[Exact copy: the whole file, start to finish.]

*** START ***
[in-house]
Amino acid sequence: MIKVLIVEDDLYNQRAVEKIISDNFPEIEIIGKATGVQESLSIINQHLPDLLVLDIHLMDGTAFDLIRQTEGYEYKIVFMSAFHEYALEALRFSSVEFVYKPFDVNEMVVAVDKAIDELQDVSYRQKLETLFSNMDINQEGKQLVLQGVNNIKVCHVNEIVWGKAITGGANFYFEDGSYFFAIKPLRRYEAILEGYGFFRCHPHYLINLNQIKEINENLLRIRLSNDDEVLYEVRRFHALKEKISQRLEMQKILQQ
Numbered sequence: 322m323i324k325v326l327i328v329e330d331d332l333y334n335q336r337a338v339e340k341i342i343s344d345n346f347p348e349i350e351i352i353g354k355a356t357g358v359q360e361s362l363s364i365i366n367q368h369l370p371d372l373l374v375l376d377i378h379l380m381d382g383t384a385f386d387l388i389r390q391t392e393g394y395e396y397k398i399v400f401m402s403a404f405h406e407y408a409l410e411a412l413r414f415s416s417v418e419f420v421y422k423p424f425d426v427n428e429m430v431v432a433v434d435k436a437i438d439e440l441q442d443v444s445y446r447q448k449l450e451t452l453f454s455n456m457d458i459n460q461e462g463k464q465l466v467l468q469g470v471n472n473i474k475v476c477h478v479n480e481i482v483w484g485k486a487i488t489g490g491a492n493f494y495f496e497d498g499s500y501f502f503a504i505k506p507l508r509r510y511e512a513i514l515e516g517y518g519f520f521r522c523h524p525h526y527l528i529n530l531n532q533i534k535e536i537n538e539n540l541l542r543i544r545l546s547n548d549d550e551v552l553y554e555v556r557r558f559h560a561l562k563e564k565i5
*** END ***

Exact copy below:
[in-house]
Amino acid sequence: MIKVLIVEDDLYNQRAVEKIISDNFPEIEIIGKATGVQESLSIINQHLPDLLVLDIHLMDGTAFDLIRQTEGYEYKIVFMSAFHEYALEALRFSSVEFVYKPFDVNEMVVAVDKAIDELQDVSYRQKLETLFSNMDINQEGKQLVLQGVNNIKVCHVNEIVWGKAITGGANFYFEDGSYFFAIKPLRRYEAILEGYGFFRCHPHYLINLNQIKEINENLLRIRLSNDDEVLYEVRRFHALKEKISQRLEMQKILQQ
Numbered sequence: 322m323i324k325v326l327i328v329e330d331d332l333y334n335q336r337a338v339e340k341i342i343s344d345n346f347p348e349i350e351i352i353g354k355a356t357g358v359q360e361s362l363s364i365i366n367q368h369l370p371d372l373l374v375l376d377i378h379l380m381d382g383t384a385f386d387l388i389r390q391t392e393g394y395e396y397k398i399v400f401m402s403a404f405h406e407y408a409l410e411a412l413r414f415s416s417v418e419f420v421y422k423p424f425d426v427n428e429m430v431v432a433v434d435k436a437i438d439e440l441q442d443v444s445y446r447q448k449l450e451t452l453f454s455n456m457d458i459n460q461e462g463k464q465l466v467l468q469g470v471n472n473i474k475v476c477h478v479n480e481i482v483w484g485k486a487i488t489g490g491a492n493f494y495f496e497d498g499s500y501f502f503a504i505k506p507l508r509r510y511e512a513i514l515e516g517y518g519f520f521r522c523h524p525h526y527l528i529n530l531n532q533i534k535e536i537n538e539n540l541l542r543i544r545l546s547n548d549d550e551v552l553y554e555v556r557r558f559h560a561l562k563e564k565i5